2. Be mindful. At the risk of going all Oprah on you I’m about to do just that. Imagine the scenario: You spot the artichoke dip and its attendant dipping bread. Instead of beelining and binging or running away, take a moment to breathe deeply. Take a moment to think about the situation objectively. Realize it’s just cheesy stuff mixed with artichokes and it's not out to get you. Yes, you can eat (and enjoy!) a normal amount without overeating or completely withholding. Let a few other people go for the dip. Take time to decide if you actually want it or if you’re just kind of drunk from downing wine after Aunt Marge cornered you with the whole “Why you aren’t interested in settling down any time soon?” conversation. Pay attention to your thoughts and try to slow down, it goes a long way when you’re literally battling yourself.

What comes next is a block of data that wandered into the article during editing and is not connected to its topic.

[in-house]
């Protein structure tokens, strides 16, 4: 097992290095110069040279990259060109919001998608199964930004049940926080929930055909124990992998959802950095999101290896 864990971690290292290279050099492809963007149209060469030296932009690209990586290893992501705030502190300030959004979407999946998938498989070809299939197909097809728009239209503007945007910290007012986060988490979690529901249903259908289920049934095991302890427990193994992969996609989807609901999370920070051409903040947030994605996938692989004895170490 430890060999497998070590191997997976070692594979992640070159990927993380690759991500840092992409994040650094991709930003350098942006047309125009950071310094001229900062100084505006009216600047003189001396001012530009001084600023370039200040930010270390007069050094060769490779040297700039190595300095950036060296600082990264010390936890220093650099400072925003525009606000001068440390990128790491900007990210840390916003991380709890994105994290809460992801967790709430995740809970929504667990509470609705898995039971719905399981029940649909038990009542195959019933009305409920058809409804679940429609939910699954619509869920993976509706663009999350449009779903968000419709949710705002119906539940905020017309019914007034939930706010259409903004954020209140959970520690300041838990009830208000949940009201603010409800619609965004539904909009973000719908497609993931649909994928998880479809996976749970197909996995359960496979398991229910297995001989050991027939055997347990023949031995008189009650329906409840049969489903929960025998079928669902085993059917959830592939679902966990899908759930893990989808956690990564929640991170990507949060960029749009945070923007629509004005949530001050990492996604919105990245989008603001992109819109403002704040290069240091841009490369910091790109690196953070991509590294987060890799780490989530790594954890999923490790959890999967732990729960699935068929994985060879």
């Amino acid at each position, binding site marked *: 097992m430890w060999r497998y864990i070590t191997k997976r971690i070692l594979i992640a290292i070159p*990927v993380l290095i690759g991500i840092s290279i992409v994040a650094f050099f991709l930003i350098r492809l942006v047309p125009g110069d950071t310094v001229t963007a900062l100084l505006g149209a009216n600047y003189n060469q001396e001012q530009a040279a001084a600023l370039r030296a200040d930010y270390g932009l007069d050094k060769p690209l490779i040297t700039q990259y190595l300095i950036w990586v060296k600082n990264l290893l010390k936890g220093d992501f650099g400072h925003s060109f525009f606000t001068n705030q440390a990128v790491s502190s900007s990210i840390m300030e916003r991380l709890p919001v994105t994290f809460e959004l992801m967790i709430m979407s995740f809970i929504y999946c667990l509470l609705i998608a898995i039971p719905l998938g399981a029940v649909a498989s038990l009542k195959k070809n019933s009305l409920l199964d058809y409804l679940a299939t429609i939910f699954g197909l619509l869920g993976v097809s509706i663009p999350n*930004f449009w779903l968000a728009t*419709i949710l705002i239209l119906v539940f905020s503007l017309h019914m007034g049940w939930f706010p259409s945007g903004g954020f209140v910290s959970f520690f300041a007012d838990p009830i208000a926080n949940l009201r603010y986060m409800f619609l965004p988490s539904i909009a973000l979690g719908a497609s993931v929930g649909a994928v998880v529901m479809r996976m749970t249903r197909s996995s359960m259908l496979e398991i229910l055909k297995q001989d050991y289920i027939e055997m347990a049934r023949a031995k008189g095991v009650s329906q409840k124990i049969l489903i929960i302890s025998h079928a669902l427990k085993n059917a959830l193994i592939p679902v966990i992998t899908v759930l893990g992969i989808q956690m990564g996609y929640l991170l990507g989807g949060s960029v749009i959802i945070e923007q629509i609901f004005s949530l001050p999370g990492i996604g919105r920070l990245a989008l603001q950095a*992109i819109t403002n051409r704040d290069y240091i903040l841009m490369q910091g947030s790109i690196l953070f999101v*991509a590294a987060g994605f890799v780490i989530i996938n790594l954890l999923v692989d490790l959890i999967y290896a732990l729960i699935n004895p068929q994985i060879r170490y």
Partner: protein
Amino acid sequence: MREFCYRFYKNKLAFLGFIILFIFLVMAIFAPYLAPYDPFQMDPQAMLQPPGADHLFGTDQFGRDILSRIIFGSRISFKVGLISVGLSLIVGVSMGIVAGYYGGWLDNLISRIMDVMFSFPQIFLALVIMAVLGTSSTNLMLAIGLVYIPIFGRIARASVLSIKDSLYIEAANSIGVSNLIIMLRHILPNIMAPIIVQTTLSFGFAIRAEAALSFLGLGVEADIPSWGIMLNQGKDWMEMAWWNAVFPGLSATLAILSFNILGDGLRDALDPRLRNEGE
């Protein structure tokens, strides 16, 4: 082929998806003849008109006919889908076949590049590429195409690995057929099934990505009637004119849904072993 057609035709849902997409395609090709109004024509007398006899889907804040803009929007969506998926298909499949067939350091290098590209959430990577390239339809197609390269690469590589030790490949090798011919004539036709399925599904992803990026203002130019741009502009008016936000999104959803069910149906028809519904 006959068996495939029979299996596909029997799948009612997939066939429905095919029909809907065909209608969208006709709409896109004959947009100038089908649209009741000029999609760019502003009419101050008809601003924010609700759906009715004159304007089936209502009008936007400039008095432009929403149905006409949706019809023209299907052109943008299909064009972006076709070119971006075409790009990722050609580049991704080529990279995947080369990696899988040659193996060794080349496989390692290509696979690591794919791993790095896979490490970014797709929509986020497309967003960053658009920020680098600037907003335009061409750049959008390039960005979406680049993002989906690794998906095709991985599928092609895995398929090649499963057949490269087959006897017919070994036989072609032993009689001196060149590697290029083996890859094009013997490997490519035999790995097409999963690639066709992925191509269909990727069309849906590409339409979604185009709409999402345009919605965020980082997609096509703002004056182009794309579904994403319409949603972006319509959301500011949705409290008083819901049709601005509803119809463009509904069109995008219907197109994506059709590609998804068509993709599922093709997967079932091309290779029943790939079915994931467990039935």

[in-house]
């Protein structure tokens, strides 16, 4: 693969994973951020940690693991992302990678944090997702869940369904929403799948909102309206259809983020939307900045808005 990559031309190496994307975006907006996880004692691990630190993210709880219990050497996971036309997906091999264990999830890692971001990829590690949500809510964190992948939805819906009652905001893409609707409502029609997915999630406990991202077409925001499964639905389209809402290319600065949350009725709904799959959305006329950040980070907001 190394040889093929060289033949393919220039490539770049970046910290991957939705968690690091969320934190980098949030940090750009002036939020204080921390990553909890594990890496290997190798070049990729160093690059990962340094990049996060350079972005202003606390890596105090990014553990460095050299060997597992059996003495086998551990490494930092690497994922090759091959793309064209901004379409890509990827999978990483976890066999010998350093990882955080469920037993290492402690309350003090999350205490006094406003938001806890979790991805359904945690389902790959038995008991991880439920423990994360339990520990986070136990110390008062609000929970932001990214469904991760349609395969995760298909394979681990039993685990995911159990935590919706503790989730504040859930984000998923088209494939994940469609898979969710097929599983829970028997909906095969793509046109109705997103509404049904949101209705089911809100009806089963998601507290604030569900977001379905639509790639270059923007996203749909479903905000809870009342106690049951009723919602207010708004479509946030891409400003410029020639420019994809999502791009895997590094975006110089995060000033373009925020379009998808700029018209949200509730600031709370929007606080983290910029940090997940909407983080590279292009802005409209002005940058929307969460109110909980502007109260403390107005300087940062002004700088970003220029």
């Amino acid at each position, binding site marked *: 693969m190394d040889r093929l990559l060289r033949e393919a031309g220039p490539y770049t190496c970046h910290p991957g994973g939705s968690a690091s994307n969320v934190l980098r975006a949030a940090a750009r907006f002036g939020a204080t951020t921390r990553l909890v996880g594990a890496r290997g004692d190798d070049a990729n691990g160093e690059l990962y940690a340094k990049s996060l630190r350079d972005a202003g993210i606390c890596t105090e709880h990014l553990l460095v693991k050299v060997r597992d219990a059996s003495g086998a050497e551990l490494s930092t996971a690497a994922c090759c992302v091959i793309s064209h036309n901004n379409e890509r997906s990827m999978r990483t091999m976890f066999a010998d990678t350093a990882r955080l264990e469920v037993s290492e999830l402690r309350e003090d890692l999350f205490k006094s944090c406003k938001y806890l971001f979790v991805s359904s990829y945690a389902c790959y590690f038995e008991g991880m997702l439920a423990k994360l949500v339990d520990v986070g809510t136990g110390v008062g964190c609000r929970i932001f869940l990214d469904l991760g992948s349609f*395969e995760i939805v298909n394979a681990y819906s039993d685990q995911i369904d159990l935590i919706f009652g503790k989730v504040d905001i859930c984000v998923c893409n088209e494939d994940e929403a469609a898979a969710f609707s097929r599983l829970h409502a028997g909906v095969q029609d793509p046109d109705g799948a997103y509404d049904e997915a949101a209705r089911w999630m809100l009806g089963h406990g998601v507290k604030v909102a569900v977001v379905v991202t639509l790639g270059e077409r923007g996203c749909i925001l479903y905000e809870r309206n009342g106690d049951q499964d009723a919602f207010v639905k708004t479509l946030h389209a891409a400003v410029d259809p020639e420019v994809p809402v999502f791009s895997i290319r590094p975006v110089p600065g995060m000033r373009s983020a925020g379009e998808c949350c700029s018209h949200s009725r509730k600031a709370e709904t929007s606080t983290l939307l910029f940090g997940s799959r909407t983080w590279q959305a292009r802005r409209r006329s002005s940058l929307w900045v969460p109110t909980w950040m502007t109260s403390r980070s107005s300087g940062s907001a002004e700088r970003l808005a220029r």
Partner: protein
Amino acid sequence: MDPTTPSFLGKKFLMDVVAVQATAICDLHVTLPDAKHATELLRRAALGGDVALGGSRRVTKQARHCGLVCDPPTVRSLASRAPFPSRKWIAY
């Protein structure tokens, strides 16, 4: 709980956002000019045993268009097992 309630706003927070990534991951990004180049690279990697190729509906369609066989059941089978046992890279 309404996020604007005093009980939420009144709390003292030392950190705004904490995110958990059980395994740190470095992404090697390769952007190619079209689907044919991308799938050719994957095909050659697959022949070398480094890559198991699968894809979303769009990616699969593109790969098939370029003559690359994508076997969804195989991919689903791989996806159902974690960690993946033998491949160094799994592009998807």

3. Don't believe the hype. Yes you might indulge in more slices of pie this time of year than the remaining 12 months combined, but remember the effect is not nearly as bad as you think. Studies show the average amount of weight someone gains during the holidays is far less than people think. Sure, every egg nog and baked brie may send flares of imminent disaster to your head, but remember that it’s just that -- something in your head. Wily marketers want you to think the holidays are a danger zone so they can sell unsafe supplements and hiked-up gym memberships to your impressionable self.